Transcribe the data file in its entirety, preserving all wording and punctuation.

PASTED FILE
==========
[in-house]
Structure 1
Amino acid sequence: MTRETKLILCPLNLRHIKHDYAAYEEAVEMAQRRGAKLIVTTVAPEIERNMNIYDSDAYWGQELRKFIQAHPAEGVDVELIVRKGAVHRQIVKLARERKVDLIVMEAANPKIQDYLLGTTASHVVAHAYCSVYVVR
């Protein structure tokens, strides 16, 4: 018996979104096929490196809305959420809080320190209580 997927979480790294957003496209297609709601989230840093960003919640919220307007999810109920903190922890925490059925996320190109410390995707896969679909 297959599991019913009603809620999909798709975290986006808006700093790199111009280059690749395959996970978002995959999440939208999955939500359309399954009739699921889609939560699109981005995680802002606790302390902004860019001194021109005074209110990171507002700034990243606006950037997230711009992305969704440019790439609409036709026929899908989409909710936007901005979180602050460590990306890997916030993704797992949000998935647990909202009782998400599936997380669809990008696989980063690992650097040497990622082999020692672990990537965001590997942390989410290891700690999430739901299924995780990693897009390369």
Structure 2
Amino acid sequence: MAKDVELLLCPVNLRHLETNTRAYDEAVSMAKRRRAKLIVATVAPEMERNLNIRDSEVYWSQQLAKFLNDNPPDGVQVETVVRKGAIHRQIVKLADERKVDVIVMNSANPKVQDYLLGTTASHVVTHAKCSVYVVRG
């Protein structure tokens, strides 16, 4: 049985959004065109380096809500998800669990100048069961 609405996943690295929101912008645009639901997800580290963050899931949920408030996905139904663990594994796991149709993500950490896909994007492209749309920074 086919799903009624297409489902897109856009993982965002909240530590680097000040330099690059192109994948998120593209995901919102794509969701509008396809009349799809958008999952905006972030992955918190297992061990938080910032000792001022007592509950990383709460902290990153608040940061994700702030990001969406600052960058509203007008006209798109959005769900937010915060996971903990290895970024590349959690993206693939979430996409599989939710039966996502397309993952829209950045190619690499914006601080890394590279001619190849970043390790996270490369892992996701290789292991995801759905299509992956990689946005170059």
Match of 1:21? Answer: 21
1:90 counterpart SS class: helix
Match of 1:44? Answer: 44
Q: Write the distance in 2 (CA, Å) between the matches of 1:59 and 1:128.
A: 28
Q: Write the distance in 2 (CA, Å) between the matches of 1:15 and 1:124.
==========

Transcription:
[in-house]
Structure 1
Amino acid sequence: MTRETKLILCPLNLRHIKHDYAAYEEAVEMAQRRGAKLIVTTVAPEIERNMNIYDSDAYWGQELRKFIQAHPAEGVDVELIVRKGAVHRQIVKLARERKVDLIVMEAANPKIQDYLLGTTASHVVAHAYCSVYVVR
């Protein structure tokens, strides 16, 4: 018996979104096929490196809305959420809080320190209580 997927979480790294957003496209297609709601989230840093960003919640919220307007999810109920903190922890925490059925996320190109410390995707896969679909 297959599991019913009603809620999909798709975290986006808006700093790199111009280059690749395959996970978002995959999440939208999955939500359309399954009739699921889609939560699109981005995680802002606790302390902004860019001194021109005074209110990171507002700034990243606006950037997230711009992305969704440019790439609409036709026929899908989409909710936007901005979180602050460590990306890997916030993704797992949000998935647990909202009782998400599936997380669809990008696989980063690992650097040497990622082999020692672990990537965001590997942390989410290891700690999430739901299924995780990693897009390369």
Structure 2
Amino acid sequence: MAKDVELLLCPVNLRHLETNTRAYDEAVSMAKRRRAKLIVATVAPEMERNLNIRDSEVYWSQQLAKFLNDNPPDGVQVETVVRKGAIHRQIVKLADERKVDVIVMNSANPKVQDYLLGTTASHVVTHAKCSVYVVRG
């Protein structure tokens, strides 16, 4: 049985959004065109380096809500998800669990100048069961 609405996943690295929101912008645009639901997800580290963050899931949920408030996905139904663990594994796991149709993500950490896909994007492209749309920074 086919799903009624297409489902897109856009993982965002909240530590680097000040330099690059192109994948998120593209995901919102794509969701509008396809009349799809958008999952905006972030992955918190297992061990938080910032000792001022007592509950990383709460902290990153608040940061994700702030990001969406600052960058509203007008006209798109959005769900937010915060996971903990290895970024590349959690993206693939979430996409599989939710039966996502397309993952829209950045190619690499914006601080890394590279001619190849970043390790996270490369892992996701290789292991995801759905299509992956990689946005170059």
Match of 1:21? Answer: 21
1:90 counterpart SS class: helix
Match of 1:44? Answer: 44
Q: Write the distance in 2 (CA, Å) between the matches of 1:59 and 1:128.
A: 28
Q: Write the distance in 2 (CA, Å) between the matches of 1:15 and 1:124.